My name is Merrie. I’m 13 and I have left school. My mother and myself and two sisters have run away. We rent a house in Hurstbridge with no electricity, no toilet; just a dunny that we have to empty every week. We have painted the seat pink, I think it helps. It is 1959. This house is at least 3km from the station. I light the tilly lamp every morning and run down to the station in my thongs. It takes me until Eltham station to tidy up. I get a full time job copying out electricity invoices at the town hall in Melbourne. I start very early and while I wait for my sister and mother after work, I teach myself to type. I meet my husband, much older than me. At 15, I conceived my first child, followed by another conceived at 16. At 21, I had my third child.
My little brother walked up my drive with a duck he had shanghaied from a dam. It took all night to pluck it, being winter, it had lots of feathers. He wanted to go to school and I talked to the Principal at Eltham High School who agreed to let him attend. My husband left me. I gathered if I could get Mick into Eltham High, I could try too. I was the second mature aged student to be allowed full-time study. Marie Louise was the other mature student and we are still in touch, both of us then single mothers with three children each. She drove her brother’s Porsche, in full racing harness and smoked flat out, as I did, we sat out the front of the school with the older boys knocking on the windows for a fag.
I worked, at times, full time and managed to finish two years of study (wonderfully flexible and understanding teachers) and after sitting HSC obtained university entrance. I met an old school friend who later moved in with me. His wife had left him for a university professor and he was not kindly towards my university study. I had started a Law/Arts degree at Monash, after a lot of pressure, I left and we managed and lived in a Milk Bar for 18 months. Sheer drudgery and very long hours. We moved to Yarrambat, cheap rent, he moved out and I asked to be allowed to study at La Trobe. An Arts degree with majors in English and Philosophy.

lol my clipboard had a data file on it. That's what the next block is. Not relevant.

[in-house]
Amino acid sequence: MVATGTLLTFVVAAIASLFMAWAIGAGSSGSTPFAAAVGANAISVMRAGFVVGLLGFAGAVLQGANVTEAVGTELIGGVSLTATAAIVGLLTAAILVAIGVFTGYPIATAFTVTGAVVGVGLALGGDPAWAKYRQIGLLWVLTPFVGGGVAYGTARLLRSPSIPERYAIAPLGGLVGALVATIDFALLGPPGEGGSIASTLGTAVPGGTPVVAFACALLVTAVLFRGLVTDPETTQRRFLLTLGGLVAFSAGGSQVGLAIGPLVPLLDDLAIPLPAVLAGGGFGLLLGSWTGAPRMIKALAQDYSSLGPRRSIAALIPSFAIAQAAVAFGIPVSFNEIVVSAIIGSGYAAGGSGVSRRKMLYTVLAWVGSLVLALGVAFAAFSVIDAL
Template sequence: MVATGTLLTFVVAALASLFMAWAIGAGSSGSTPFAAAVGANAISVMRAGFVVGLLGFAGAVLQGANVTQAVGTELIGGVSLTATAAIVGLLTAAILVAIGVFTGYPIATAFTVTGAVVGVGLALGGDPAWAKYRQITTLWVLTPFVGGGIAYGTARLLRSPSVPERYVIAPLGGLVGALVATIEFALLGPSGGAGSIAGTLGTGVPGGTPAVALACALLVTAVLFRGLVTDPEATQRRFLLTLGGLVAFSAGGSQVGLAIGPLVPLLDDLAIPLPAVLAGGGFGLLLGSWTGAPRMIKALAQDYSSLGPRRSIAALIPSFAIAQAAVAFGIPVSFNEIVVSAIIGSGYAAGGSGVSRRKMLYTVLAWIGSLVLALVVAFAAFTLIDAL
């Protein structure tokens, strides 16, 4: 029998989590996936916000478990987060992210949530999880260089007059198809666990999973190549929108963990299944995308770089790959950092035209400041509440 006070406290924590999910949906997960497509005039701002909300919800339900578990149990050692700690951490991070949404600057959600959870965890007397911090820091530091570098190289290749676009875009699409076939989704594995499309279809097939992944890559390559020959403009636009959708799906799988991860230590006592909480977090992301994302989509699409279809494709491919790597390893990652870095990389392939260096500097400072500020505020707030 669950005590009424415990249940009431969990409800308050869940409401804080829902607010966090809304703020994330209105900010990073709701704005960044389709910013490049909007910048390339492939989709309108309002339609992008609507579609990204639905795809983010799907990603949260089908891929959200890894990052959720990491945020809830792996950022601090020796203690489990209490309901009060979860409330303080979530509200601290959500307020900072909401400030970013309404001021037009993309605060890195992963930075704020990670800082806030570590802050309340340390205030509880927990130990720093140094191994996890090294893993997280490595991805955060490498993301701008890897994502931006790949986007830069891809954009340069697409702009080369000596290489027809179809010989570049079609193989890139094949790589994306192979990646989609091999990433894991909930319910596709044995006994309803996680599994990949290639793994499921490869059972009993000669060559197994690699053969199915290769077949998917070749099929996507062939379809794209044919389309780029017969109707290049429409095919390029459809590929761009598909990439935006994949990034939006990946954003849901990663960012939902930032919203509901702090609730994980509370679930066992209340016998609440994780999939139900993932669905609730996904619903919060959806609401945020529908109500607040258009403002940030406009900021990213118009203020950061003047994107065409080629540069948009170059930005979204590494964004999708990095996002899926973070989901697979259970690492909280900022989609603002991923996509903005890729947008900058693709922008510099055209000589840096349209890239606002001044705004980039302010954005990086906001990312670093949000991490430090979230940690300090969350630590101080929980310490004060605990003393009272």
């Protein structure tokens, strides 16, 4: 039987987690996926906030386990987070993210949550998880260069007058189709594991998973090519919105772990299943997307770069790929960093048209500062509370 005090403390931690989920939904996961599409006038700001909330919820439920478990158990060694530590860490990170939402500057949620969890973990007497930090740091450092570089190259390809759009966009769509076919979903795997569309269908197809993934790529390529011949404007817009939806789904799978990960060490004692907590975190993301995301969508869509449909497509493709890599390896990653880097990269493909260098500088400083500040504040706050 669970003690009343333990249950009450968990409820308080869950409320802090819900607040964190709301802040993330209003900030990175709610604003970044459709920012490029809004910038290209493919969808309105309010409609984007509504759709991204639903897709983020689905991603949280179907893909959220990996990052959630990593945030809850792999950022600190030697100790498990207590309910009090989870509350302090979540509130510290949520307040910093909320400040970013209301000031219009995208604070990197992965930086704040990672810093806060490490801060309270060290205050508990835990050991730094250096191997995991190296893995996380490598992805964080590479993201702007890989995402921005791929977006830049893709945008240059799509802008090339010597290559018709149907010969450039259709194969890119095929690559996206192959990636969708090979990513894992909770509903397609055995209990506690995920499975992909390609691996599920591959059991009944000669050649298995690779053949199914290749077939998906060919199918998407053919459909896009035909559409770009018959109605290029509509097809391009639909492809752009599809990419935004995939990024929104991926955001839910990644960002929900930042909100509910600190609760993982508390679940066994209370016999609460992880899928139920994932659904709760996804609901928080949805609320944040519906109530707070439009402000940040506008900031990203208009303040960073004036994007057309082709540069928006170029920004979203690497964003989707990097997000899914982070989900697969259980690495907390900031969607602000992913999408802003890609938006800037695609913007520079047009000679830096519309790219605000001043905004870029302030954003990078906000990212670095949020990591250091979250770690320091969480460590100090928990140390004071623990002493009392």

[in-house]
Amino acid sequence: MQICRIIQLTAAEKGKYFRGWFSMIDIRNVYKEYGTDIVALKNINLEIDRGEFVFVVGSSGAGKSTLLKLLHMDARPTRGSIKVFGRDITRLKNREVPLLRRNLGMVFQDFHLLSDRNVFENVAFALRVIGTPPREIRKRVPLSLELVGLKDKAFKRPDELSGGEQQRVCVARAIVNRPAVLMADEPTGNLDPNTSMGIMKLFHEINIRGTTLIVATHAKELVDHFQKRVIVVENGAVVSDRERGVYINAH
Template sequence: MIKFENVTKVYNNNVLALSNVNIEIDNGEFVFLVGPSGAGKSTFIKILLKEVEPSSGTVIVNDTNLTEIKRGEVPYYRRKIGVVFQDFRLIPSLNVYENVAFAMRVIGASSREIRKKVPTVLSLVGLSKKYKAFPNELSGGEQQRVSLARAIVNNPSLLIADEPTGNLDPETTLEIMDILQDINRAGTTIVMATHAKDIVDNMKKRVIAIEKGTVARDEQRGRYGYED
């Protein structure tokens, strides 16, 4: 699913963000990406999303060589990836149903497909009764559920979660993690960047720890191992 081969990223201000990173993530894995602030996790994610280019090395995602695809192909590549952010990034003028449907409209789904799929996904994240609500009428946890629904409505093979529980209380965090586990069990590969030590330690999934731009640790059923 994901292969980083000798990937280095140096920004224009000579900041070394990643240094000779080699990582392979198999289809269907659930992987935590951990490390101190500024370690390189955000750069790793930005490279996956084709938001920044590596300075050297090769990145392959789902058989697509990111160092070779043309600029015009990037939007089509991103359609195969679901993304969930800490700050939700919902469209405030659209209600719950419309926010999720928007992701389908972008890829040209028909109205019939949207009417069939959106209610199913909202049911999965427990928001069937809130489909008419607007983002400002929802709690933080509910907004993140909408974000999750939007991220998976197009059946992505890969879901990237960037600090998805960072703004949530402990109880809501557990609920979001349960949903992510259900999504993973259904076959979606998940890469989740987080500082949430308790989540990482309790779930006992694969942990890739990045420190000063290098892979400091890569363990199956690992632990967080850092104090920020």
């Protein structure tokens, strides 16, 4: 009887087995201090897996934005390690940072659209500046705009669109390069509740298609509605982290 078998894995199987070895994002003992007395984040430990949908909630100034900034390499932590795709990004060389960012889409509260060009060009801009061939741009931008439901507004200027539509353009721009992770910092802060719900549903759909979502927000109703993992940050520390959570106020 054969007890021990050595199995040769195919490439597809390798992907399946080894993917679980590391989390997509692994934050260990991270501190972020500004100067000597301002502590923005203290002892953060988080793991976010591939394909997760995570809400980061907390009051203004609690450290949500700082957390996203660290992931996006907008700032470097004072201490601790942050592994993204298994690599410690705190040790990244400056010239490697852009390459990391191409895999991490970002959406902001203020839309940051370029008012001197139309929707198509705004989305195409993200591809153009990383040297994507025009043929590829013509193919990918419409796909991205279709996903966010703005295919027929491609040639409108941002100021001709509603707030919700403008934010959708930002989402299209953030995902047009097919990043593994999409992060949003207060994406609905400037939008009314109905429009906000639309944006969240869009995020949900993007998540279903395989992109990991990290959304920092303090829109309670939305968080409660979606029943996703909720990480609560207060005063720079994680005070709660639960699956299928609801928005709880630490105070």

La Trobe University became my lifeline. It took me 9 years to complete my degree. At times hitching to La Trobe (no car). Living in a mudbrick shed with a dirt floor, no electricity, tank water. Hard on the children. On 23 acres. Every year I would start out applying for every unit, so optimistic but life very quickly intervened, kids got sick, the money ran out, I needed to work. I gathered another partner who was very supportive, as were friends. My partner and my children and mother were at my graduation in 1981. They were all so proud, they said they deserved the degree as well!
As you can gather, I have left out far more than I have written. It is very hard to convey just how beaten down I felt, having children so young, others did not hold back on criticism I was considered pretty but dumb, very “lower class”. So ignorant, I spoke well but learned to keep my mouth shut at an early age, in case I was found out…not educated!
Studying gave me the confidence to apply a different form of thinking to raising my children, who have all done well. I became a teacher, taught overseas. Was a professional actress for 10 years…did lots of different things, travelled extensively. I could not have achieved without that piece of paper, sad isn’t it!
I am confident, very happy and still very curious about life, still studying. So grateful for Gough Whitlam and La Trobe for making all things possible. Thank you La Trobe!